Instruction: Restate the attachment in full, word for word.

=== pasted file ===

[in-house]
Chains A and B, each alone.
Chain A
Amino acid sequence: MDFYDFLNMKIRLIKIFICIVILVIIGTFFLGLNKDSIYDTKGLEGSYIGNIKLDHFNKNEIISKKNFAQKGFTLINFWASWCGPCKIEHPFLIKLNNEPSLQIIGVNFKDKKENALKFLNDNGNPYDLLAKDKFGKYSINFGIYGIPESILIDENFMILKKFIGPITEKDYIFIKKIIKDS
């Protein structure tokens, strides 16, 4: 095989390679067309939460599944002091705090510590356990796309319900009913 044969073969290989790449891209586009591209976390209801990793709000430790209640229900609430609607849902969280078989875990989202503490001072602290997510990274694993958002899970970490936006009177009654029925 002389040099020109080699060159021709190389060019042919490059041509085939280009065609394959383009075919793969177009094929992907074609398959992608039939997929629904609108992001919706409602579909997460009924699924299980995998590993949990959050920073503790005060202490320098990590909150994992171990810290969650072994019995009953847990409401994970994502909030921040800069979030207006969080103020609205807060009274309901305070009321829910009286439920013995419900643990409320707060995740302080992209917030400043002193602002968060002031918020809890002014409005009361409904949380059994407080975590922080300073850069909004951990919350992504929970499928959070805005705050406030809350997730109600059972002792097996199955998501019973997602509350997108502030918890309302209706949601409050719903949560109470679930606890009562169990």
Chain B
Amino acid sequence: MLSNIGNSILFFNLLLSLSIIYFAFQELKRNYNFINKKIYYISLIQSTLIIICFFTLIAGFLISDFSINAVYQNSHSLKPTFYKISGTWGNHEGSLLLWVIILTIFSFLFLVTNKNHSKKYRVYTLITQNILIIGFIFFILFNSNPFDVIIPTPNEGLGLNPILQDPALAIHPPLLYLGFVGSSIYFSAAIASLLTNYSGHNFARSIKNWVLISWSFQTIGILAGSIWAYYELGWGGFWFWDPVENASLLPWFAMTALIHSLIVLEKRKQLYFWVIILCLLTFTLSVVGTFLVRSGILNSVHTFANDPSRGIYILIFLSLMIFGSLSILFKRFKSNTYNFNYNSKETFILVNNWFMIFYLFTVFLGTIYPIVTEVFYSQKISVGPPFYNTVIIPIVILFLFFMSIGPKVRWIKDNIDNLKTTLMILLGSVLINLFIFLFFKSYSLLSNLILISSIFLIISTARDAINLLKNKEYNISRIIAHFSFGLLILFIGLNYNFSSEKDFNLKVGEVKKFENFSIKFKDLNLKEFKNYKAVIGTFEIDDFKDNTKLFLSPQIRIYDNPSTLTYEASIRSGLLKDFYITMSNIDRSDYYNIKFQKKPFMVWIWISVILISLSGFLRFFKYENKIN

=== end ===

[in-house]
Chains A and B, each alone.
Chain A
Amino acid sequence: MDFYDFLNMKIRLIKIFICIVILVIIGTFFLGLNKDSIYDTKGLEGSYIGNIKLDHFNKNEIISKKNFAQKGFTLINFWASWCGPCKIEHPFLIKLNNEPSLQIIGVNFKDKKENALKFLNDNGNPYDLLAKDKFGKYSINFGIYGIPESILIDENFMILKKFIGPITEKDYIFIKKIIKDS
């Protein structure tokens, strides 16, 4: 095989390679067309939460599944002091705090510590356990796309319900009913 044969073969290989790449891209586009591209976390209801990793709000430790209640229900609430609607849902969280078989875990989202503490001072602290997510990274694993958002899970970490936006009177009654029925 002389040099020109080699060159021709190389060019042919490059041509085939280009065609394959383009075919793969177009094929992907074609398959992608039939997929629904609108992001919706409602579909997460009924699924299980995998590993949990959050920073503790005060202490320098990590909150994992171990810290969650072994019995009953847990409401994970994502909030921040800069979030207006969080103020609205807060009274309901305070009321829910009286439920013995419900643990409320707060995740302080992209917030400043002193602002968060002031918020809890002014409005009361409904949380059994407080975590922080300073850069909004951990919350992504929970499928959070805005705050406030809350997730109600059972002792097996199955998501019973997602509350997108502030918890309302209706949601409050719903949560109470679930606890009562169990």
Chain B
Amino acid sequence: MLSNIGNSILFFNLLLSLSIIYFAFQELKRNYNFINKKIYYISLIQSTLIIICFFTLIAGFLISDFSINAVYQNSHSLKPTFYKISGTWGNHEGSLLLWVIILTIFSFLFLVTNKNHSKKYRVYTLITQNILIIGFIFFILFNSNPFDVIIPTPNEGLGLNPILQDPALAIHPPLLYLGFVGSSIYFSAAIASLLTNYSGHNFARSIKNWVLISWSFQTIGILAGSIWAYYELGWGGFWFWDPVENASLLPWFAMTALIHSLIVLEKRKQLYFWVIILCLLTFTLSVVGTFLVRSGILNSVHTFANDPSRGIYILIFLSLMIFGSLSILFKRFKSNTYNFNYNSKETFILVNNWFMIFYLFTVFLGTIYPIVTEVFYSQKISVGPPFYNTVIIPIVILFLFFMSIGPKVRWIKDNIDNLKTTLMILLGSVLINLFIFLFFKSYSLLSNLILISSIFLIISTARDAINLLKNKEYNISRIIAHFSFGLLILFIGLNYNFSSEKDFNLKVGEVKKFENFSIKFKDLNLKEFKNYKAVIGTFEIDDFKDNTKLFLSPQIRIYDNPSTLTYEASIRSGLLKDFYITMSNIDRSDYYNIKFQKKPFMVWIWISVILISLSGFLRFFKYENKIN